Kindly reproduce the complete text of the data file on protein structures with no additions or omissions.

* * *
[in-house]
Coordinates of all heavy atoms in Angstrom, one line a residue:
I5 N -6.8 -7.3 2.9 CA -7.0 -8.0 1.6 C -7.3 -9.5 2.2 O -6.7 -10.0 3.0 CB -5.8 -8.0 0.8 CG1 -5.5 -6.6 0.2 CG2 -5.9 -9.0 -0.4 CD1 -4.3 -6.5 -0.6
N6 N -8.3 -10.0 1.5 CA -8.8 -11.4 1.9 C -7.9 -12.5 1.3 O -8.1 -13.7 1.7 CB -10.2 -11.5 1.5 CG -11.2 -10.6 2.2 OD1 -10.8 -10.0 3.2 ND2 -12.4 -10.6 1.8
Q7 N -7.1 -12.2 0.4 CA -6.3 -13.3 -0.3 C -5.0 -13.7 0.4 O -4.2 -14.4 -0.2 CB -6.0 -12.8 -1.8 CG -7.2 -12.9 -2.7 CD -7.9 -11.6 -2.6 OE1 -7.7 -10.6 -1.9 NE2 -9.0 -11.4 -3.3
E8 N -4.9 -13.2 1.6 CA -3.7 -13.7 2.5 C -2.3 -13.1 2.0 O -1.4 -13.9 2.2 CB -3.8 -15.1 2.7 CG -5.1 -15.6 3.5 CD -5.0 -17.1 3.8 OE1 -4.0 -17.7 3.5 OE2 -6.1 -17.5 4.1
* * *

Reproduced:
[in-house]
Coordinates of all heavy atoms in Angstrom, one line a residue:
I5 N -6.8 -7.3 2.9 CA -7.0 -8.0 1.6 C -7.3 -9.5 2.2 O -6.7 -10.0 3.0 CB -5.8 -8.0 0.8 CG1 -5.5 -6.6 0.2 CG2 -5.9 -9.0 -0.4 CD1 -4.3 -6.5 -0.6
N6 N -8.3 -10.0 1.5 CA -8.8 -11.4 1.9 C -7.9 -12.5 1.3 O -8.1 -13.7 1.7 CB -10.2 -11.5 1.5 CG -11.2 -10.6 2.2 OD1 -10.8 -10.0 3.2 ND2 -12.4 -10.6 1.8
Q7 N -7.1 -12.2 0.4 CA -6.3 -13.3 -0.3 C -5.0 -13.7 0.4 O -4.2 -14.4 -0.2 CB -6.0 -12.8 -1.8 CG -7.2 -12.9 -2.7 CD -7.9 -11.6 -2.6 OE1 -7.7 -10.6 -1.9 NE2 -9.0 -11.4 -3.3
E8 N -4.9 -13.2 1.6 CA -3.7 -13.7 2.5 C -2.3 -13.1 2.0 O -1.4 -13.9 2.2 CB -3.8 -15.1 2.7 CG -5.1 -15.6 3.5 CD -5.0 -17.1 3.8 OE1 -4.0 -17.7 3.5 OE2 -6.1 -17.5 4.1